“Gold-Diggers Sound” is an apropos name for the third studio album of an artist who struck it rich six years ago with his debut LP.
Leon Bridges’ music quickly earned him recognition. “Coming Home” was nominated for Best R&B album at the 2015 Grammys. Three years later, his sophomore album’s “Bet Ain’t Worth the Hand” landed him his first Grammy win.
The fame that came next was an adjustment for Bridges. He lost his anonymity and felt isolated — an experience he details in the song “Blue Mesas.”
“When you take an insecure person and put them in a limelight, it’s a little hard to deal with that sometimes, you know?” he said in an interview this week.
The story behind the album’s name, though, is literal — Gold-Diggers is the name of the hotel where Bridges wrote and recorded his new material.
“I have been working and kind of digging and searching for the right sound over the course of two years,” Bridges said.
He wanted an R&B album “grounded with organic elements” and Gold-Diggers was “the perfect place to house all of this music.”
Bridges held a Grammys party there in 2019 and after connecting with the space, decided he wanted the album experience to be immersive — he started a residency at the hotel, brought in collaborators and got to work.
As the musicians would jam and improvise, he sang melodies and phrases over top, gradually shaping each song.
For some, he had a specific artist in mind, like Sade when he was writing “Magnolias.” But for most, he says he was just “doing me.”
“I didn’t necessarily have an idea of what the concept would be on some of them,” said Bridges.
But he knew he didn’t want to replicate the sound of his last two albums. He says it was a conscious decision to stay unpredictable. He calls growth and change inevitable.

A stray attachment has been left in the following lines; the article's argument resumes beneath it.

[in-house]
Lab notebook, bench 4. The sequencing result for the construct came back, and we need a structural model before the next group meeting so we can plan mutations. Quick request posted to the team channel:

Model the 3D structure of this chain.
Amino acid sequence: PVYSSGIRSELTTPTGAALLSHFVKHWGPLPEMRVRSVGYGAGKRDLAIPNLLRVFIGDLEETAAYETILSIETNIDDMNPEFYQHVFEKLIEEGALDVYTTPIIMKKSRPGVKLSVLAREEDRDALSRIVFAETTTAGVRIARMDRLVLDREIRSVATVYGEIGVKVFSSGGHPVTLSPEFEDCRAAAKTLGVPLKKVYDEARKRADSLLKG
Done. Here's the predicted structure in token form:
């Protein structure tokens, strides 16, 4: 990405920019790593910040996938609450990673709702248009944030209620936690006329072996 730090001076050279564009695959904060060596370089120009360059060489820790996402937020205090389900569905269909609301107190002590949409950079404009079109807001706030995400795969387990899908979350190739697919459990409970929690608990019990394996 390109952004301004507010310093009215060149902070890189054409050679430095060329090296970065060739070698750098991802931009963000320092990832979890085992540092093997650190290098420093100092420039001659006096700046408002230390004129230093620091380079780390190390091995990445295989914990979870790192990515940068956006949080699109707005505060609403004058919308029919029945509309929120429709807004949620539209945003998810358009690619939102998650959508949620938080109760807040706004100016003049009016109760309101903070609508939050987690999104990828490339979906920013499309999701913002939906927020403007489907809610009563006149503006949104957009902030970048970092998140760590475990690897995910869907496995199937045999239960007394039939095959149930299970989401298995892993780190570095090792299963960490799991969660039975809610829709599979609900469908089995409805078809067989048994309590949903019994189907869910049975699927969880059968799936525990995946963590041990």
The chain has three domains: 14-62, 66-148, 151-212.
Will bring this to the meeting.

“With each album, I want to continue reinventing myself as an artist,” he said.
In “Coming Home,” the influences of gospel music are pervasive. In “Good Thing,” Bridges leans on a more retro sound.
“When I first came in the game with ‘Coming Home,’ I was immediately pigeonholed and placed in a box,” says Bridges.
The shift away from spiritual tracks correlated with his relationship with religion. While songs like “River” from his first album are rooted in Christian symbolism, songs from “Gold-Diggers Sound,” like “Sho Nuff” are playfully sensual.
“I was apprehensive at that time, writing those songs out of fear of not being accepted,” said Bridges. “Currently, like, I don’t really know what my relationship with God is anymore and I think there’s still some of those gospel undertones in the music, but it’s more so liberating to just make the music that I want.”
Breaking out of the box is something he knows may have alienated some fans. But for any of the fans he lost, there were plenty he gained.
“Throughout my career, I’ve always been scrutinized for my music being essentially whitewashed,” he said. “But I can see via social media that there’s more Black people engaging in and supporting the music.”
Bridges says it was initially “off putting” for him to hear criticism of his music, but he doesn’t think about it anymore. Rap and hip-hop culture are so inundated in the mainstream that even a Young Thug concert can have predominately white fans, he points out.
He believes artists like Lil Nas X and Lizzo are redefining the boundaries of Black art that is accepted within the Black community.
“You know, guys like Daniel Caesar, he was kind of on the forefront of that, and it’s really beautiful to see artists who don’t really fit the mold of what’s popular being embraced,” he said.
As for Bridges, he’s content in the direction he’s heading and looking forward to the part of the process he enjoys the most — performing.
“Writing is such a tedious and challenging thing,” he said. “The last step of getting on the stage and witnessing this, like, collective effervescence in the crowd and putting out the energy and then getting it back, it’s a beautiful thing.”